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Heart rhythm problems are more common than most people think. Each year, millions of Americans are affected by heart rhythm disorders, most of which can be treated.
Abnormal heart rhythms, or arrhythmias, can cause you to feel like your heart skipped a beat or like it’s racing out of control. Listen to an example of an abnormal heart rhythm.
There are four common types of arrhythmias:
Arrhythmias can be life-threatening if left untreated. At AnMed Health Heart and Vascular Center, we use several diagnostic tests to identify arrhythmias including electrocardiogram (ECG), Holter Monitor, a stress test, a tilt table test and an electrophysiology study (EP) if necessary. If an arrhythmia is not revealed with routine testing, your doctor may suggest an implantable loop recorder.
The Heart and Vascular Center’s electrophysiology lab offers some of the latest advances in technology and treatment for arrhythmias, including bi-ventricular implantable pacemakers, MRI proof pacemakers, implantable cardioverter-defibrillators or ICDs, and ablation.
While many treatments involve implantable devices, ablation takes a different approach and burns away cells to eliminate the abnormal rhythm. Here’s how it works:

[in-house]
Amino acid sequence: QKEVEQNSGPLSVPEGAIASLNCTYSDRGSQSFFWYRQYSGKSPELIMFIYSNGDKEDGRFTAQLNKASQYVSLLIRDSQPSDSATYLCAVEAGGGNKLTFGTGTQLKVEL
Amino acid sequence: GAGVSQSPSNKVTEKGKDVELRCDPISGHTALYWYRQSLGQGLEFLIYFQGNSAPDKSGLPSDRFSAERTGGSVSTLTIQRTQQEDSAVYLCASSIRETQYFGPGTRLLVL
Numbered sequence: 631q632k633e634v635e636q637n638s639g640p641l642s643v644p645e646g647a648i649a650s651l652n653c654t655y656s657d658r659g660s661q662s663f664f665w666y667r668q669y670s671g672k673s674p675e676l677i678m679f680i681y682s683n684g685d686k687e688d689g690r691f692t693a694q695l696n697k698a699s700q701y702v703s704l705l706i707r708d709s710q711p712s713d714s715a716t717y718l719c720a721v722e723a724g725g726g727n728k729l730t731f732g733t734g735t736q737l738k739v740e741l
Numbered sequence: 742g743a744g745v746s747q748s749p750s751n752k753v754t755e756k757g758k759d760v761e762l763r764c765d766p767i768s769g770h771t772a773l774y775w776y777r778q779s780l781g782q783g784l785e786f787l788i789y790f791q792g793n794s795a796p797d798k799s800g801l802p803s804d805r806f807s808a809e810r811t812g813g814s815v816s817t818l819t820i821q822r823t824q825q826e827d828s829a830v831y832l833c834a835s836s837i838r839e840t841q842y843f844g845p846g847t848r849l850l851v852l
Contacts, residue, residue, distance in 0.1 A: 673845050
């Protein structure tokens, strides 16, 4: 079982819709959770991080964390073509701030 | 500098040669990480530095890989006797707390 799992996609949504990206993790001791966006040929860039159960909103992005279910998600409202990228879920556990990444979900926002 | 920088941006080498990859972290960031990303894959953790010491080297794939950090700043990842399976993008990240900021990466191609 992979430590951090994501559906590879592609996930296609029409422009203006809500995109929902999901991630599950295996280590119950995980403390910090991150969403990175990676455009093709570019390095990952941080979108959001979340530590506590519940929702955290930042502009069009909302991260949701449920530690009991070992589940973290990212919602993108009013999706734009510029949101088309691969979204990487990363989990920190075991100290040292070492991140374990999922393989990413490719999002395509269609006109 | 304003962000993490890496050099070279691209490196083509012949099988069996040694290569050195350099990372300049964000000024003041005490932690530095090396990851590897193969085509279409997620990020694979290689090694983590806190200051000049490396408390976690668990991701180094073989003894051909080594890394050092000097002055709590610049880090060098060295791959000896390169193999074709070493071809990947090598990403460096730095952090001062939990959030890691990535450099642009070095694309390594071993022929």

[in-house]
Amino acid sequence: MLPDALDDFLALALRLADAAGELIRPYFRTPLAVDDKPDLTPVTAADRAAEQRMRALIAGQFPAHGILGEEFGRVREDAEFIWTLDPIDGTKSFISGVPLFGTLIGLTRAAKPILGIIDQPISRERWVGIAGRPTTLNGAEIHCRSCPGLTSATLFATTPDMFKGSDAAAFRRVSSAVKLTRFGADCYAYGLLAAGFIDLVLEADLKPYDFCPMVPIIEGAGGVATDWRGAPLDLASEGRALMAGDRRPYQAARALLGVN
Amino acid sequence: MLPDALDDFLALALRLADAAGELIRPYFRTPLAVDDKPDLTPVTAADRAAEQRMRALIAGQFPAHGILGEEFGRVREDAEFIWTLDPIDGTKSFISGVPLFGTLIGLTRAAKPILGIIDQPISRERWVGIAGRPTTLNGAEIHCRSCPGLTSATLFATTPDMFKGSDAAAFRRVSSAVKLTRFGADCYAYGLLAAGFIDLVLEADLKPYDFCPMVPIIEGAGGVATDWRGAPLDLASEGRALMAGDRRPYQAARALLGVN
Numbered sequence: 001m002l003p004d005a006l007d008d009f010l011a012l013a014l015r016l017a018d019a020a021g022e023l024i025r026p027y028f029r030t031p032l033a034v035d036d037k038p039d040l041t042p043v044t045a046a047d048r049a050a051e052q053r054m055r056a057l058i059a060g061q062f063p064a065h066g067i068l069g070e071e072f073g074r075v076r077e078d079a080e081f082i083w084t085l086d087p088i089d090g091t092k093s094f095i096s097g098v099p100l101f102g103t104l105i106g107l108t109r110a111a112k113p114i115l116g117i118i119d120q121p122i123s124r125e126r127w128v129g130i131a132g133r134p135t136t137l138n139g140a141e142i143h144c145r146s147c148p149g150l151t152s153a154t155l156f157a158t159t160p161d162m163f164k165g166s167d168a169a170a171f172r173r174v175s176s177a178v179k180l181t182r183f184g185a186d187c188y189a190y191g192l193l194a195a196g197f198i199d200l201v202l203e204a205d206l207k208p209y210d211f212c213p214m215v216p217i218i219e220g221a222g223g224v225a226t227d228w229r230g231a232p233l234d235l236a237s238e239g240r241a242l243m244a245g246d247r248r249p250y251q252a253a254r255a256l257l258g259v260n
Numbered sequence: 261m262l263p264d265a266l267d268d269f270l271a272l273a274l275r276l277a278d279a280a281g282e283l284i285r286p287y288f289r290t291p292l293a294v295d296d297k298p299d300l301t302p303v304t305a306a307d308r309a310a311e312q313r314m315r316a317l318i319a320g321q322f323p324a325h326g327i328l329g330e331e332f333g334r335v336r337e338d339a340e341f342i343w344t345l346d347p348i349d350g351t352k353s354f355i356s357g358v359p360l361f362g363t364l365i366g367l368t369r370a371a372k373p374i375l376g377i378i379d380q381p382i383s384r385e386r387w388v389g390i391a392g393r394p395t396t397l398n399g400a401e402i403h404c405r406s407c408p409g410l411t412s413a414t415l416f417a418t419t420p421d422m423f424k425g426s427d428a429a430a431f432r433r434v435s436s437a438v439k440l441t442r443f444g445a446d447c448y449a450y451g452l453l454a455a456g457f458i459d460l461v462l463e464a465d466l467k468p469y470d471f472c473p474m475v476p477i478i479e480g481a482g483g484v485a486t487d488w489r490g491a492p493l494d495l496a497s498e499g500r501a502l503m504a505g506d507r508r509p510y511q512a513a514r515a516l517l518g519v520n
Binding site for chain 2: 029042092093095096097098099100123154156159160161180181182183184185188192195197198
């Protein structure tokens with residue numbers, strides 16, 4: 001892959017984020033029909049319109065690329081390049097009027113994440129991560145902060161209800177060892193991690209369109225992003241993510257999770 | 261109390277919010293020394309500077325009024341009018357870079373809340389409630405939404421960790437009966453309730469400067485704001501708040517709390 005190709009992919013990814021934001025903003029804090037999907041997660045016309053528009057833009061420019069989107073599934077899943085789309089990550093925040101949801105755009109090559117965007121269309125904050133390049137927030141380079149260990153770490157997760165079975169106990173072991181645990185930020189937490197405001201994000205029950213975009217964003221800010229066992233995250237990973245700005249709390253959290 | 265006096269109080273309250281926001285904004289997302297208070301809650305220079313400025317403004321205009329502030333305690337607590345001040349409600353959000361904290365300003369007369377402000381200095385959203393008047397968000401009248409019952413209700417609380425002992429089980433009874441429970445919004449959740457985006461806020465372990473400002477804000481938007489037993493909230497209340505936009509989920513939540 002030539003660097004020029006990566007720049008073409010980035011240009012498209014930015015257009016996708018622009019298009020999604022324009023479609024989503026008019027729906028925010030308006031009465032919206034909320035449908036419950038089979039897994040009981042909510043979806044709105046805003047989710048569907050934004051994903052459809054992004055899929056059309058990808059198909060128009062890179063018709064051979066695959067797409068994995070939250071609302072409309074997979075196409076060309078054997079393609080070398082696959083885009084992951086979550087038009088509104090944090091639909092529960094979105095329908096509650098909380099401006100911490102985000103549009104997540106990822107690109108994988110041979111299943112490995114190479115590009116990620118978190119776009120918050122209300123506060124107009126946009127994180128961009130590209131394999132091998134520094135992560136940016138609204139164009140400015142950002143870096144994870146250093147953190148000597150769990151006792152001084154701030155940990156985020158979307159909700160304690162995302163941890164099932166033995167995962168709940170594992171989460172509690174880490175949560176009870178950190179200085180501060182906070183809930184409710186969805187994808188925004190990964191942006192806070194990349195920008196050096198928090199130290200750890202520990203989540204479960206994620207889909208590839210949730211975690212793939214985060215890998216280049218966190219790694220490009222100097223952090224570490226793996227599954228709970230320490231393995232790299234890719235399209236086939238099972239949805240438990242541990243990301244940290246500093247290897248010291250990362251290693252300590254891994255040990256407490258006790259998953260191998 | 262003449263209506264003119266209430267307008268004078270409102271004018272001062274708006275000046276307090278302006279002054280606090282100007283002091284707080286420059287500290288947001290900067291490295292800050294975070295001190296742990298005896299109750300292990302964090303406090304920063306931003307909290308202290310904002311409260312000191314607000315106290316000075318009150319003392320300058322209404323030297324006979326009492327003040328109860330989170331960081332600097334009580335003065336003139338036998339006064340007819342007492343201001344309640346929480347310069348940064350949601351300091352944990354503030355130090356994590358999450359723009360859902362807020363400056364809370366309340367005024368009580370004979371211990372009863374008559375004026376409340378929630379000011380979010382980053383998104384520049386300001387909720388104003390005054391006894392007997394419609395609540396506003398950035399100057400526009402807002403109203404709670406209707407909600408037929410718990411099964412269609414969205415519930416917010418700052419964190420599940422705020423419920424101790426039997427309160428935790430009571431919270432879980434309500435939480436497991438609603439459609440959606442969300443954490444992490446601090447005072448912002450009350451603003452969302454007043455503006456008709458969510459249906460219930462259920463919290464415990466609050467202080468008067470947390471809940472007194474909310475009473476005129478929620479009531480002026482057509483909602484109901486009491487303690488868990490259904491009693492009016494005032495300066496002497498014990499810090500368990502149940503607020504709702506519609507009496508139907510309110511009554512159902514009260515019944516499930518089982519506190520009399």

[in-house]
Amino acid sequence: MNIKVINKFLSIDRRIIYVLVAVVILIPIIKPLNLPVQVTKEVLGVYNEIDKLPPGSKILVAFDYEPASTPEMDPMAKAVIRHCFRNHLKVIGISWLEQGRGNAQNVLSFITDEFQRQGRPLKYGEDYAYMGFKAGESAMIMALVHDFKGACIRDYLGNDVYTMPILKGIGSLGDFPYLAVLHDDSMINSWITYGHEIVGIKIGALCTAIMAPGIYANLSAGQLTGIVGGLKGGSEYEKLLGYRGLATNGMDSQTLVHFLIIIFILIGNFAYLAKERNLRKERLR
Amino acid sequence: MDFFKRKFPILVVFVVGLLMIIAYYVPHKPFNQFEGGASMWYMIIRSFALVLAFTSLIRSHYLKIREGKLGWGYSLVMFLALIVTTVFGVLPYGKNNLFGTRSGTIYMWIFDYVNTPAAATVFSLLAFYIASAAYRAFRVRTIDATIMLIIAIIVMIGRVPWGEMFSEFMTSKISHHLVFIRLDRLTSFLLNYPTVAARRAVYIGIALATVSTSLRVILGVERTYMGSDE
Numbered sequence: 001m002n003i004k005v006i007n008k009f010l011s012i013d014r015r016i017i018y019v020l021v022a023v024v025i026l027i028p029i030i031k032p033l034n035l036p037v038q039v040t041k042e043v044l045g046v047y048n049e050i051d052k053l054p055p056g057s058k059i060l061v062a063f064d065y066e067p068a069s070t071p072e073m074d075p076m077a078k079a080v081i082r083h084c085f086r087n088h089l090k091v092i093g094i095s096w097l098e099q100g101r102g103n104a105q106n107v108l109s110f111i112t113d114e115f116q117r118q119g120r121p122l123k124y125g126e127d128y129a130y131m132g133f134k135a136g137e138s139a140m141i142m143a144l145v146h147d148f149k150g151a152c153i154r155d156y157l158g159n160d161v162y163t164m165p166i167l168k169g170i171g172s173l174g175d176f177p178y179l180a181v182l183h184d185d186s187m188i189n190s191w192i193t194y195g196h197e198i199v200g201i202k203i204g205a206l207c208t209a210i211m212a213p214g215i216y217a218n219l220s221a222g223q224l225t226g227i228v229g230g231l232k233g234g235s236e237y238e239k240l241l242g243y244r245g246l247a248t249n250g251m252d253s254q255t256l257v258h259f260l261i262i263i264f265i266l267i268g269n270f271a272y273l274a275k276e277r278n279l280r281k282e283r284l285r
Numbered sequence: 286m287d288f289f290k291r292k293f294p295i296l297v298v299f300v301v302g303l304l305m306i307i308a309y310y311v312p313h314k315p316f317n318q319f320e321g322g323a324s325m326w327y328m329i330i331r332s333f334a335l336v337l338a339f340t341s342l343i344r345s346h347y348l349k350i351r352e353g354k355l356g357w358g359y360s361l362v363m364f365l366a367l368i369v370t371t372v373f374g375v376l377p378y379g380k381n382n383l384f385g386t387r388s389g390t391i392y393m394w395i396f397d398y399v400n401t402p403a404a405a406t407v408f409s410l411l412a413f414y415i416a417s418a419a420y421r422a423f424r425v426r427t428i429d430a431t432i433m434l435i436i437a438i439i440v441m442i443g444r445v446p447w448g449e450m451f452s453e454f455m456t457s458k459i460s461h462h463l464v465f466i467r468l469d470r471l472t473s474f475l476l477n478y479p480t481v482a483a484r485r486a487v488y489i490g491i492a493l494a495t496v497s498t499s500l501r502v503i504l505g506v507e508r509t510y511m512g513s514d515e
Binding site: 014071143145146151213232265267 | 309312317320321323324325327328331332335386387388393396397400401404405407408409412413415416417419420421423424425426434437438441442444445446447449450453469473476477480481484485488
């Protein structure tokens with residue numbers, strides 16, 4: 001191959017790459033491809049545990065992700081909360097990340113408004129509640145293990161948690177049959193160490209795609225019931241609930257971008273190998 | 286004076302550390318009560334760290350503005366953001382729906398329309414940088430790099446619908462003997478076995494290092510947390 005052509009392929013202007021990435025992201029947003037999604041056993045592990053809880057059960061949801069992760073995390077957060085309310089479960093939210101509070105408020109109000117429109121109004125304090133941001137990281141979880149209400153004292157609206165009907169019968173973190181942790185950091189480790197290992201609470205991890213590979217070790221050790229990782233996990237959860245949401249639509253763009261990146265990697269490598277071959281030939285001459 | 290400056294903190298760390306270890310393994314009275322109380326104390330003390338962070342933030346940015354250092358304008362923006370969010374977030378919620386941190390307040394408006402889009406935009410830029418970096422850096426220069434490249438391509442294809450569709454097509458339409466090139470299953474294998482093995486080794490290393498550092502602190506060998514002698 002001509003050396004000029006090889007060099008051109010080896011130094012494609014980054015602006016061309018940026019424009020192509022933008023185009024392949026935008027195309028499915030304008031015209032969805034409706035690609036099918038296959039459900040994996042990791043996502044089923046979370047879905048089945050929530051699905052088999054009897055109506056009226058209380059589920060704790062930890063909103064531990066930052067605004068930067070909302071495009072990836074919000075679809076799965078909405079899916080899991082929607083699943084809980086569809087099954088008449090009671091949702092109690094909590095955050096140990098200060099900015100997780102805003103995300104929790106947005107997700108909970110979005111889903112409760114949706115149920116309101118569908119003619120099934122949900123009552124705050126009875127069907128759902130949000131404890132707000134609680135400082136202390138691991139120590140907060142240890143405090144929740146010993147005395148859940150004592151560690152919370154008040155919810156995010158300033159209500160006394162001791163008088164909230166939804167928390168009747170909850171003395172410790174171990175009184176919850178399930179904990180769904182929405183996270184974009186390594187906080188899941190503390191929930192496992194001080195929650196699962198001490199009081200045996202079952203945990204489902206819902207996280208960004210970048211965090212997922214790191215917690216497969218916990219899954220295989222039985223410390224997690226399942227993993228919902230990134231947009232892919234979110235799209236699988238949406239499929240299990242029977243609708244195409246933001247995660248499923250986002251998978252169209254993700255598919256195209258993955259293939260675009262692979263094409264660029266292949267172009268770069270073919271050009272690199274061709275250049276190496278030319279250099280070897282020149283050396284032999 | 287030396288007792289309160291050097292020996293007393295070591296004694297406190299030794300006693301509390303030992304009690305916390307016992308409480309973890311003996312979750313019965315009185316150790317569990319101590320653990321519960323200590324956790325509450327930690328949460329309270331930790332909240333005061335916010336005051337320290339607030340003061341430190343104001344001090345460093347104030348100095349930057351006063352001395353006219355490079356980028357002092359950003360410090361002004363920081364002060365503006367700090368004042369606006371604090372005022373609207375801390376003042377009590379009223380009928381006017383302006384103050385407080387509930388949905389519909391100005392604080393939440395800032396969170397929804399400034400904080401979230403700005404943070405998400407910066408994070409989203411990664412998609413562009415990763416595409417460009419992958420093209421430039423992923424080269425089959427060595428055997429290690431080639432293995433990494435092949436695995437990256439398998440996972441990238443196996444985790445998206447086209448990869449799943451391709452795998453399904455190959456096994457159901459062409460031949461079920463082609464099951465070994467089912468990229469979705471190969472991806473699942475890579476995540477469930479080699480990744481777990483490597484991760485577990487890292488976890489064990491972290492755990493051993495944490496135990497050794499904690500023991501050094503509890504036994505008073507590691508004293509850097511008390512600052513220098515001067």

During an EP study, the electrophysiologist (a cardiologist with specialized training in the electrical system of the heart) will thread long, thin, flexible wires to the heart, normally through the groin. When the electrophysiologist determines which area of the heart is causing the arrhythmia, a special wire carrying radiofrequency energy is used to cauterize the site. Ablation is an outpatient procedure that normally takes only a couple of hours to complete and has few complications. At AnMed Health, our robot-assisted navigation system makes it easier to guide the catheter during ablation procedures. This ease of access helps to shorten the procedure time and reduce patients’ radiation exposure. Read Susan's Story about why an MRI-proof pacemaker was the right choice for her.
Reducing Stroke Risk in Patients with Atrial Fibrillation
AnMed Health is the first hospital in the region to offer an implant called WATCHMAN that makes it possible for some long-term warfarin patients to stop taking the medication. Patients with non-valvular atrial fibrillation (AF), and who struggle with warfarin, are candidates for the device. Dr. Rick Henderson and Dr. Matt Sellers, of AnMed Health Arrhythmia Specialists, are the only physicians in the region to offer the WATCHMAN implant.
For patients with AF, sometimes called A-Fib, the device can help reduce the risk of AF-related stroke. The WATCHMAN implant closes off an area of the heart where harmful blood clots can form in AF patients. When the device in implanted, the risk of stroke may be reduced and, over time, patients may be able to stop taking warfarin.
About half of potential warfarin patients are not being treated with the drug because of side effects or because they do not take the medication as prescribed. Implanting WATCHMAN is a one-time procedure. Ask your doctor for more information.
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